Diverse Social Networks Reduce Accent Judgments

Perception in context: How racialized identities impact speech perception

Media Contact:
Larry Frum
AIP Media

DENVER, May 24, 2022 – Everyone has an accent. But the intelligibility of speech doesn’t just depend on that accent; it also depends on the listener. Visual cues and the diversity of the listener’s social network can impact their ability to understand and transcribe sentences after listening to the spoken word.

Ethan Kutlu, of the University of Iowa, will discuss this social phenomenon in his presentation, “Perception in context: How racialized identities impact speech perception,” which will take place May 24 at 12:15 p.m. Eastern U.S. as part of the 182nd Meeting of the Acoustical Society of America at the Sheraton Denver Downtown Hotel.

Kutlu and his team paired American, British, and Indian varieties of English with images of white and South Asian faces. While the accents differed, they were all normalized to have the same base intelligibility. They played these voices for listeners from a low-diverse (Gainesville, Florida) and high-diverse environment (Montreal, Quebec).

“Racial and linguistic diversity in our social networks and in our surrounding environments impact how we engage in perceiving speech. Encountering new voices and accents that are different from our own improves our ability to attend to speech that varies from our own,” said Kutlu. “We all have accents and embracing this is not hurting our own or others’ speech perception. On the contrary, it helps all of us.”

A participant’s ability to transcribe sentences decreased and they rated voices as more accented whenever the speech was paired with a South Asian face – no matter the English variety of the spoken word. Indian English paired with white faces was judged as heavily accented when compared to British and American English.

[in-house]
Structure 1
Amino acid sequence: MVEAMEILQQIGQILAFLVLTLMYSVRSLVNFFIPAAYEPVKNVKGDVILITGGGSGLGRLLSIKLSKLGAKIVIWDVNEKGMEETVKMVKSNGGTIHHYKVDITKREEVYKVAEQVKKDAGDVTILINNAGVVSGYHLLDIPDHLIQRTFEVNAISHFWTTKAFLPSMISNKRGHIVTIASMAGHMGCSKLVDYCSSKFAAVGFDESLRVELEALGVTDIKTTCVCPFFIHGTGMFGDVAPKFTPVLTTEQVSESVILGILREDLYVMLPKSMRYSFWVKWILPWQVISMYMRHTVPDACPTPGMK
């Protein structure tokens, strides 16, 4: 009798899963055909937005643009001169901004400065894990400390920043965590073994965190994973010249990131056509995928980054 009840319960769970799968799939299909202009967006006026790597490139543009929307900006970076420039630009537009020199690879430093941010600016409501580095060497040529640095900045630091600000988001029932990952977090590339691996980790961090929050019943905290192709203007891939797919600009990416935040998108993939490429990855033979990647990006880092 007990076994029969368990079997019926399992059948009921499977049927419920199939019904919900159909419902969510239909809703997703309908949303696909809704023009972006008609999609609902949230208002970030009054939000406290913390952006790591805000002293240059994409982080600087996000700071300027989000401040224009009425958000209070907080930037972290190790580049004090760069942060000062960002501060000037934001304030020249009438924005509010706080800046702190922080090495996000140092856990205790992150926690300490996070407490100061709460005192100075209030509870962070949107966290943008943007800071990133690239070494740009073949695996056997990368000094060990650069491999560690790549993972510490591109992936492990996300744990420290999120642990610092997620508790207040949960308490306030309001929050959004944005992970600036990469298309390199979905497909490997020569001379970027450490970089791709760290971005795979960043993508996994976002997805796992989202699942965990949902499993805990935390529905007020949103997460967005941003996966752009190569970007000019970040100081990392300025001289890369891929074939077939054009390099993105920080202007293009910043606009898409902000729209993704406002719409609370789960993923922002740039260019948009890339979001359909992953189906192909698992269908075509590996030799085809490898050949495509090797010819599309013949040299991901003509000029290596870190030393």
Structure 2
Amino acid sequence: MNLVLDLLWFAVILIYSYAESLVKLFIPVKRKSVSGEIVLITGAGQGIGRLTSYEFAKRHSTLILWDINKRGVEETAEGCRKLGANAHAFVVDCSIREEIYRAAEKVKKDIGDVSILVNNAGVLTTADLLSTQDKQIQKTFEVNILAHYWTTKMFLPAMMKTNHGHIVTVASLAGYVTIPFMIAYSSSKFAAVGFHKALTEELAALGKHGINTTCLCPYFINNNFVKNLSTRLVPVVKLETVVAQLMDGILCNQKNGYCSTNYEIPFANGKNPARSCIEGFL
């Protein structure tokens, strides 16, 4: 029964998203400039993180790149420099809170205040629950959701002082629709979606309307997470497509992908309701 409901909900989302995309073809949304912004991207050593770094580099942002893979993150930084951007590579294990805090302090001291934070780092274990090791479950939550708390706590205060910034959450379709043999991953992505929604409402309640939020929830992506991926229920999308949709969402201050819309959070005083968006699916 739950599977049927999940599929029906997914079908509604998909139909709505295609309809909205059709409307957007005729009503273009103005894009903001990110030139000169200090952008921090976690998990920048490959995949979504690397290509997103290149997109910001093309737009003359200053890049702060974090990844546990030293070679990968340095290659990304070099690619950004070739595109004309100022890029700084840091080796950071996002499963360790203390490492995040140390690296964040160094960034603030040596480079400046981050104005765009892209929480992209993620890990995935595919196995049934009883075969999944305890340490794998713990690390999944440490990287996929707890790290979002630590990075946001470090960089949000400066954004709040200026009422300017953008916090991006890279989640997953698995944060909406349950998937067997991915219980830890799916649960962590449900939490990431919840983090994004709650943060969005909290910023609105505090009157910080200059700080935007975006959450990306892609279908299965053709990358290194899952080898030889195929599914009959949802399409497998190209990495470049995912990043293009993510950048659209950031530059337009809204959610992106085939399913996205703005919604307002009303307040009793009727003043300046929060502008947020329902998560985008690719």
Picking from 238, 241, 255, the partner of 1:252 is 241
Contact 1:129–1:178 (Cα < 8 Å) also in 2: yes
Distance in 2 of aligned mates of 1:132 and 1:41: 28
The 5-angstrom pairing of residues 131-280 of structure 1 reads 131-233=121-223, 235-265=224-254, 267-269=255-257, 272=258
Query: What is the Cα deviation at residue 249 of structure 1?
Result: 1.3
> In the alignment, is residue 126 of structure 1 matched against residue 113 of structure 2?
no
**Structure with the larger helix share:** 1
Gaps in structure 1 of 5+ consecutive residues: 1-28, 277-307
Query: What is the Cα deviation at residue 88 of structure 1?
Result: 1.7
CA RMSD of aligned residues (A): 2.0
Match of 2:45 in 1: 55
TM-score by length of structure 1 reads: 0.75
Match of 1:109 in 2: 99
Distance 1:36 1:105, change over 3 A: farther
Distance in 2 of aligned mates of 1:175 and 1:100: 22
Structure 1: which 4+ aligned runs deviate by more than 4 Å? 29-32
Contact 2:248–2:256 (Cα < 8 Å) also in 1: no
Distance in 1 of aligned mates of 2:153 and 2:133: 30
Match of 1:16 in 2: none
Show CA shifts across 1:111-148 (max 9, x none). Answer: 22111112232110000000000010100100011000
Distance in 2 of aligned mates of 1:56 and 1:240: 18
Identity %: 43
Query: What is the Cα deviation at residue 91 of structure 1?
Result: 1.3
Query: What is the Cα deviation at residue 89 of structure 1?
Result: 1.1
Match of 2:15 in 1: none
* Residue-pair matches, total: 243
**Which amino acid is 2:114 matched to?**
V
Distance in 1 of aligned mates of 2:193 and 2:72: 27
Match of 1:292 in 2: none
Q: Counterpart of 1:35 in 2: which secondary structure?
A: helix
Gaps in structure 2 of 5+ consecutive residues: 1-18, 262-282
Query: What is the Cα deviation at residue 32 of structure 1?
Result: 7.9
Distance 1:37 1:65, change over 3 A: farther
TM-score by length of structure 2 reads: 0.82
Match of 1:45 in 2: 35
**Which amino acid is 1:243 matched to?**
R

However, these results varied greatly by the listener’s social network and geographic context. Montreal participants, residents of a dual language city, were overall more accurate when transcribing speech. They did not change their judgments based on the faces they saw on the screen.

Main meeting website: https://acousticalsociety.org/asa-meetings/
Technical program: https://eventpilotadmin.com/web/planner.php?id=ASASPRING22
Press Room: https://acoustics.org/world-wide-press-room/

In the coming weeks, ASA’s Worldwide Press Room will be updated with additional tips on dozens of newsworthy stories and with lay language papers, which are 300 to 500 word summaries of presentations written by scientists for a general audience and accompanied by photos, audio and video. You can visit the site during the meeting at https://acoustics.org/world-wide-press-room/.

We will grant free registration to credentialed journalists and professional freelance journalists. If you are a reporter and would like to attend, contact AIP Media Services at media@aip.org. For urgent requests, staff at media@aip.org can also help with setting up interviews and obtaining images, sound clips, or background information.

The Acoustical Society of America (ASA) is the premier international scientific society in acoustics devoted to the science and technology of sound. Its 7,000 members worldwide represent a broad spectrum of the study of acoustics. ASA publications include The Journal of the Acoustical Society of America (the world’s leading journal on acoustics), JASA Express Letters, Proceedings of Meetings on Acoustics, Acoustics Today magazine, books, and standards on acoustics. The society also holds two major scientific meetings each year. See https://acousticalsociety.org/.

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